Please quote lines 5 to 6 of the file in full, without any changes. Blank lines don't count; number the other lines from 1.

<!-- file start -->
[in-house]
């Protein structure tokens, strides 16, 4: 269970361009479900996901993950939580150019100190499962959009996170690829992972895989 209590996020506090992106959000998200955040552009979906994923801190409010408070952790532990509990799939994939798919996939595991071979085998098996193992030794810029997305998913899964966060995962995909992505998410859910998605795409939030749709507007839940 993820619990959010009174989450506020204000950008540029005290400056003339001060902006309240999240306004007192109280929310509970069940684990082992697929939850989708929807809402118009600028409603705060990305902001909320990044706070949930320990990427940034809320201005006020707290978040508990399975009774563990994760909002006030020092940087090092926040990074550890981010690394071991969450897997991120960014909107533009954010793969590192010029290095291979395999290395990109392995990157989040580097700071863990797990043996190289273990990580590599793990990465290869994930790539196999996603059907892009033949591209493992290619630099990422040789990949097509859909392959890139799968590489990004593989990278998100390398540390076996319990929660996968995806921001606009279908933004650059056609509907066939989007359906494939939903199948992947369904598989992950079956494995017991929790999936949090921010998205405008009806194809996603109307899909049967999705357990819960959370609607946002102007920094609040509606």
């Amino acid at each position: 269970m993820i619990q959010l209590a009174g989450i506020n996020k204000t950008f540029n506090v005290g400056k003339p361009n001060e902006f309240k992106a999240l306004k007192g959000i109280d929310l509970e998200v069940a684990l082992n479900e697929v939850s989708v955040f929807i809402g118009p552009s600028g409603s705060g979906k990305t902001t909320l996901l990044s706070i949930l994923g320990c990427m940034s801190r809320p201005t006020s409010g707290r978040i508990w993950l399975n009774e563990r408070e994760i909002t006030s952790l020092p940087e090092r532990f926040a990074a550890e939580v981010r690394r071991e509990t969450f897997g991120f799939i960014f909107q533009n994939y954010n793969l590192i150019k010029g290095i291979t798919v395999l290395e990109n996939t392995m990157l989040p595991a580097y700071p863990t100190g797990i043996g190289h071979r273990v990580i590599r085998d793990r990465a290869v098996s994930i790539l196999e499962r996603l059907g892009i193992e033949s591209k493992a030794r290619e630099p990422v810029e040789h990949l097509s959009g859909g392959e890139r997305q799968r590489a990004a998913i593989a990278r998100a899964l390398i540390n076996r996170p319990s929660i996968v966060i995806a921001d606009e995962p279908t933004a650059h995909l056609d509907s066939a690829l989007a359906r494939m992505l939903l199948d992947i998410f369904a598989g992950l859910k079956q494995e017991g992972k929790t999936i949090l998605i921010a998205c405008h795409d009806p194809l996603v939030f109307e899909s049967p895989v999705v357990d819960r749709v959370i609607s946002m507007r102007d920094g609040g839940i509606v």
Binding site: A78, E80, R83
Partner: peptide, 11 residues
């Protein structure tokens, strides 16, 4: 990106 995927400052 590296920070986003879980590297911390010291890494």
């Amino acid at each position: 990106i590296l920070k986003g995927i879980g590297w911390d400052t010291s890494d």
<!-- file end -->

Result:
Partner: peptide, 11 residues
């Protein structure tokens, strides 16, 4: 990106 995927400052 590296920070986003879980590297911390010291890494």